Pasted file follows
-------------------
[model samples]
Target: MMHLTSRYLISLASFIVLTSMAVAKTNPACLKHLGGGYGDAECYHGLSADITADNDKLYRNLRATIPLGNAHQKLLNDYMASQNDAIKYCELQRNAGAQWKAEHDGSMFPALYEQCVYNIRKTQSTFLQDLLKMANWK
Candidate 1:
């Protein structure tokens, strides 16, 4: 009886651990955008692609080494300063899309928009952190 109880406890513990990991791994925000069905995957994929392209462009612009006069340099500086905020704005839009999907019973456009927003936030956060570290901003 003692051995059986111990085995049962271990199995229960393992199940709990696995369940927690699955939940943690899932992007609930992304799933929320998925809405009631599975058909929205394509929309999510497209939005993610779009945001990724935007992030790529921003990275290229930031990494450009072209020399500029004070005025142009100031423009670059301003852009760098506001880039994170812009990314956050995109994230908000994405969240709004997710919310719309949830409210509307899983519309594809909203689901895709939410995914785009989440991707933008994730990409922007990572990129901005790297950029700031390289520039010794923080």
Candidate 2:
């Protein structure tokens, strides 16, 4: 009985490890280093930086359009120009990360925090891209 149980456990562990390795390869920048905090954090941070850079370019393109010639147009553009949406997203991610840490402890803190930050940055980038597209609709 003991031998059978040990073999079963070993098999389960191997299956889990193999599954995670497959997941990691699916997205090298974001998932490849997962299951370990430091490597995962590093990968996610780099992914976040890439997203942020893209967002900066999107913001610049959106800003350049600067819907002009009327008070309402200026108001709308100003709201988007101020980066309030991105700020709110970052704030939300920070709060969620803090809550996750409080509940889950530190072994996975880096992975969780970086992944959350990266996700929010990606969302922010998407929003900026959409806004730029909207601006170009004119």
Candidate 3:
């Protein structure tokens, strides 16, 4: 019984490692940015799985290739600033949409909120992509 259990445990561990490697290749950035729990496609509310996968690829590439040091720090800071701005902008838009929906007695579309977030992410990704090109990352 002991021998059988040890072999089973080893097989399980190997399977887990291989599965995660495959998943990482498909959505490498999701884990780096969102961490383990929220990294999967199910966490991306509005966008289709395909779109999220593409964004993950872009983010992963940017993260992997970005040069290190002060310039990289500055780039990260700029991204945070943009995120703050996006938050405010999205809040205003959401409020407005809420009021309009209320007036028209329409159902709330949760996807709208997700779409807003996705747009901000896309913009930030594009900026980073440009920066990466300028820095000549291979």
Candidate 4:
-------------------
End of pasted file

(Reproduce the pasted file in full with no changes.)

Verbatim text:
[model samples]
Target: MMHLTSRYLISLASFIVLTSMAVAKTNPACLKHLGGGYGDAECYHGLSADITADNDKLYRNLRATIPLGNAHQKLLNDYMASQNDAIKYCELQRNAGAQWKAEHDGSMFPALYEQCVYNIRKTQSTFLQDLLKMANWK
Candidate 1:
């Protein structure tokens, strides 16, 4: 009886651990955008692609080494300063899309928009952190 109880406890513990990991791994925000069905995957994929392209462009612009006069340099500086905020704005839009999907019973456009927003936030956060570290901003 003692051995059986111990085995049962271990199995229960393992199940709990696995369940927690699955939940943690899932992007609930992304799933929320998925809405009631599975058909929205394509929309999510497209939005993610779009945001990724935007992030790529921003990275290229930031990494450009072209020399500029004070005025142009100031423009670059301003852009760098506001880039994170812009990314956050995109994230908000994405969240709004997710919310719309949830409210509307899983519309594809909203689901895709939410995914785009989440991707933008994730990409922007990572990129901005790297950029700031390289520039010794923080």
Candidate 2:
């Protein structure tokens, strides 16, 4: 009985490890280093930086359009120009990360925090891209 149980456990562990390795390869920048905090954090941070850079370019393109010639147009553009949406997203991610840490402890803190930050940055980038597209609709 003991031998059978040990073999079963070993098999389960191997299956889990193999599954995670497959997941990691699916997205090298974001998932490849997962299951370990430091490597995962590093990968996610780099992914976040890439997203942020893209967002900066999107913001610049959106800003350049600067819907002009009327008070309402200026108001709308100003709201988007101020980066309030991105700020709110970052704030939300920070709060969620803090809550996750409080509940889950530190072994996975880096992975969780970086992944959350990266996700929010990606969302922010998407929003900026959409806004730029909207601006170009004119």
Candidate 3:
């Protein structure tokens, strides 16, 4: 019984490692940015799985290739600033949409909120992509 259990445990561990490697290749950035729990496609509310996968690829590439040091720090800071701005902008838009929906007695579309977030992410990704090109990352 002991021998059988040890072999089973080893097989399980190997399977887990291989599965995660495959998943990482498909959505490498999701884990780096969102961490383990929220990294999967199910966490991306509005966008289709395909779109999220593409964004993950872009983010992963940017993260992997970005040069290190002060310039990289500055780039990260700029991204945070943009995120703050996006938050405010999205809040205003959401409020407005809420009021309009209320007036028209329409159902709330949760996807709208997700779409807003996705747009901000896309913009930030594009900026980073440009920066990466300028820095000549291979």
Candidate 4: